Lights, camera, crab claws
I’m sorry! It’s just harder than it looks to not hit people with a giant, red crab claw!” I implored my sister, Isabelle. I swerved out of her reach, wiggling around the looming ship set. I glanced up at the blue wave backdrop, transforming the usually drab stage into a sea of colors and floating fish.
Our school was putting on The Little Mermaid, and it was opening night, when hordes pack the seats with whispered excitement and high expectations. I peeked at my sister, who was teching the play, and giggled nervously as I saw her rub the red mark on her arm, a product of my cumbersome Sebastian costume, which had “accidentally” hit her after she made fun of my false eyelashes. The lights flashing down, the sequins on my jacket illuminating in the glow, I took a breath, trying to forget that in 15 minutes I would be put on display.
One could even say that I felt like a crab being chased by a crazy French chef (Little Mermaid reference!). I ignored the butterflies doing an Irish jig in my stomach. Walking to center stage, I began to go through the dance moves to “Under the Sea” in my head. I got tired of practicing my Jamaican accent and craned my neck to look up at the ceiling.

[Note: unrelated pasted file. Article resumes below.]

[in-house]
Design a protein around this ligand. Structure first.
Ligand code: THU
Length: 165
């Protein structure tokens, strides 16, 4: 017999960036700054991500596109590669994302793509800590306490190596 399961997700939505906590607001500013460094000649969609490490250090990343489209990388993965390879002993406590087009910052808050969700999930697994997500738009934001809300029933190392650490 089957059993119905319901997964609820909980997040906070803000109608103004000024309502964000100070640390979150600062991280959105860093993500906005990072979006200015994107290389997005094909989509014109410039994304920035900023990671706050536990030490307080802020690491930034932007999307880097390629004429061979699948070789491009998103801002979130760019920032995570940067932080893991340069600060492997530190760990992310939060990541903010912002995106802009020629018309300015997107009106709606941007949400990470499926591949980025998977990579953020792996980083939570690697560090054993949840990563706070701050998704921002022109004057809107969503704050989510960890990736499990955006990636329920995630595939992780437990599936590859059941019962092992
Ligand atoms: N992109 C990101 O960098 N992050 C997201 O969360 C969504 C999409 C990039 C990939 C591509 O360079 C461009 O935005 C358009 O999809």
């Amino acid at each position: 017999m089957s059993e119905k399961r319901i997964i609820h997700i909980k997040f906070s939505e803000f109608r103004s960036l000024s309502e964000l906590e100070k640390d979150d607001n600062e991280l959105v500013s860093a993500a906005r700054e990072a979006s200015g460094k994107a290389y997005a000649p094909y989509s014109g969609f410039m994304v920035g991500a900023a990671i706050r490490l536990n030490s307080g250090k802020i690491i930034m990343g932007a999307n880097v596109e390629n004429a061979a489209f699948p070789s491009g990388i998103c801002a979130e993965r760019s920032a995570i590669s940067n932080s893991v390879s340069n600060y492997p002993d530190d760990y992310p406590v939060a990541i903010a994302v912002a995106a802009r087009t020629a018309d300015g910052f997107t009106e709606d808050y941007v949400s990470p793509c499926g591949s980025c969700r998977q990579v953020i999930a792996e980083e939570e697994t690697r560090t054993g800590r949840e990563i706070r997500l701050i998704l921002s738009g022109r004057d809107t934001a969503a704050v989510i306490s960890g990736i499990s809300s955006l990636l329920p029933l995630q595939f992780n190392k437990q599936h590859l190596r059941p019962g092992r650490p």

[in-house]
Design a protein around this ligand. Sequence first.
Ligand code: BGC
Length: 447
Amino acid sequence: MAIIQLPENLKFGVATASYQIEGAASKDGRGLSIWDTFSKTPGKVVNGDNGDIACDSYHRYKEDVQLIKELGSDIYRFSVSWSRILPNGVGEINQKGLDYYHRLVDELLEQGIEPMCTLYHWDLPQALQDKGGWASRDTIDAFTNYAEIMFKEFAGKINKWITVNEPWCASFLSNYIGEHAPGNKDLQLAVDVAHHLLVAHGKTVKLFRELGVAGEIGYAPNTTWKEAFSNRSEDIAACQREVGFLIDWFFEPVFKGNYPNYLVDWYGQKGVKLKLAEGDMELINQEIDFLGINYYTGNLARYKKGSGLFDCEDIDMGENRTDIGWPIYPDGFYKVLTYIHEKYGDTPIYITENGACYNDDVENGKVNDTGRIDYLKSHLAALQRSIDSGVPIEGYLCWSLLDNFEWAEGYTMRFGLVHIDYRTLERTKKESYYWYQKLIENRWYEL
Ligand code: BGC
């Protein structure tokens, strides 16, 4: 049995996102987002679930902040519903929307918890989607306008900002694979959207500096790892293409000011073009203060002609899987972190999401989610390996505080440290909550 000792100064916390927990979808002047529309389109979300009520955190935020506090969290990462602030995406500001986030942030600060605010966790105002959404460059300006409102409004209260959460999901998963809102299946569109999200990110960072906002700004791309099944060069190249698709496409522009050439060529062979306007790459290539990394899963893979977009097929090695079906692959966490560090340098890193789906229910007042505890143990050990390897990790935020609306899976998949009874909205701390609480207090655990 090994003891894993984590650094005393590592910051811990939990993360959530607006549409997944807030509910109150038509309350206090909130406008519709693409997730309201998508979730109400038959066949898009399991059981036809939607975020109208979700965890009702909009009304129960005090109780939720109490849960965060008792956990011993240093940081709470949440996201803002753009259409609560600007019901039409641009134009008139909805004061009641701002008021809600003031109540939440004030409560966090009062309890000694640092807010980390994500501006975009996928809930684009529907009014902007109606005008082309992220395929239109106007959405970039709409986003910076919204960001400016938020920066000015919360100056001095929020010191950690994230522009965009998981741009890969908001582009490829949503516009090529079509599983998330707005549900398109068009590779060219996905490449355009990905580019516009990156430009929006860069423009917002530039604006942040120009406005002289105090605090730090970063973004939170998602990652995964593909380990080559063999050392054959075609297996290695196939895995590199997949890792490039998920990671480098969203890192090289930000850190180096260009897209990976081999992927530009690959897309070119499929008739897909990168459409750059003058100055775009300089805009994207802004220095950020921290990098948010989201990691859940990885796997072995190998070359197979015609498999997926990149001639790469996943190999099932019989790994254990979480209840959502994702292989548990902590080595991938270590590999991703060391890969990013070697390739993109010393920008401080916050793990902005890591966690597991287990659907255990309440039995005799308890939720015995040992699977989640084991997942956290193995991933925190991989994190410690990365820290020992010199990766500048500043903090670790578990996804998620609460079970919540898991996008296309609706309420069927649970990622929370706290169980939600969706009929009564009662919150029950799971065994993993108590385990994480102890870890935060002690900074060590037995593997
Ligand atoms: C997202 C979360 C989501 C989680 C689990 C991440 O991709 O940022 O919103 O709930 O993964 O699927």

Getting lost in the pitch black above me, I stared at the hanging lights and dangling microphones. An onlooker may have seen a girl gaping up at nothing with her mouth wide open, caked in red makeup, wearing a red suit and clutching red crab claws, but I was impervious to the hustle around me. I was standing in the center of a crowd of teenagers discussing middle-school gossip, but I was lost in the cozy feel and crisp air of the stage.
There’s something about performing that makes me want to want to jump, sing and cartwheel until my legs cease to function. Pulling me out of my daydream, my sister yelled, “Five minutes till curtain!” barking toward people in fish costumes, “Places!” Crab-walking to the wings, I took one last breath, thought, “Girls run the world,” and got ready to dance my booty off. Show time.
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